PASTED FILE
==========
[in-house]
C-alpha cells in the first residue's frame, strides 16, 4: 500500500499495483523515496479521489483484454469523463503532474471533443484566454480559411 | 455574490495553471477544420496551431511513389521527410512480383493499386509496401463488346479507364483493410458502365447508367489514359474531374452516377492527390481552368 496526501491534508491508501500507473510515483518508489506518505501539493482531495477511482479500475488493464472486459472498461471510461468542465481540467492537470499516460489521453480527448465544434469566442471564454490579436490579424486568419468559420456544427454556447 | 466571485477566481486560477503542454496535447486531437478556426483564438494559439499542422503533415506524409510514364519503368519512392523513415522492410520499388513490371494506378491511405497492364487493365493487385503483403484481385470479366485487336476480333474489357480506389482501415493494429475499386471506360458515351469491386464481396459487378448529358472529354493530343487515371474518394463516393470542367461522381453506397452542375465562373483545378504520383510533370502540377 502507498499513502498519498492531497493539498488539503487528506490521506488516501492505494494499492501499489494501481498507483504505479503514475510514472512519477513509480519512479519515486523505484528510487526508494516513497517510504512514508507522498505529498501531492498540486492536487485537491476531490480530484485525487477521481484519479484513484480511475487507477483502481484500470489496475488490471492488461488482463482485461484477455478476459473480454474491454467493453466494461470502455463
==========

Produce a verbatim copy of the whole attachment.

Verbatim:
[in-house]
C-alpha cells in the first residue's frame, strides 16, 4: 500500500499495483523515496479521489483484454469523463503532474471533443484566454480559411 | 455574490495553471477544420496551431511513389521527410512480383493499386509496401463488346479507364483493410458502365447508367489514359474531374452516377492527390481552368 496526501491534508491508501500507473510515483518508489506518505501539493482531495477511482479500475488493464472486459472498461471510461468542465481540467492537470499516460489521453480527448465544434469566442471564454490579436490579424486568419468559420456544427454556447 | 466571485477566481486560477503542454496535447486531437478556426483564438494559439499542422503533415506524409510514364519503368519512392523513415522492410520499388513490371494506378491511405497492364487493365493487385503483403484481385470479366485487336476480333474489357480506389482501415493494429475499386471506360458515351469491386464481396459487378448529358472529354493530343487515371474518394463516393470542367461522381453506397452542375465562373483545378504520383510533370502540377 502507498499513502498519498492531497493539498488539503487528506490521506488516501492505494494499492501499489494501481498507483504505479503514475510514472512519477513509480519512479519515486523505484528510487526508494516513497517510504512514508507522498505529498501531492498540486492536487485537491476531490480530484485525487477521481484519479484513484480511475487507477483502481484500470489496475488490471492488461488482463482485461484477455478476459473480454474491454467493453466494461470502455463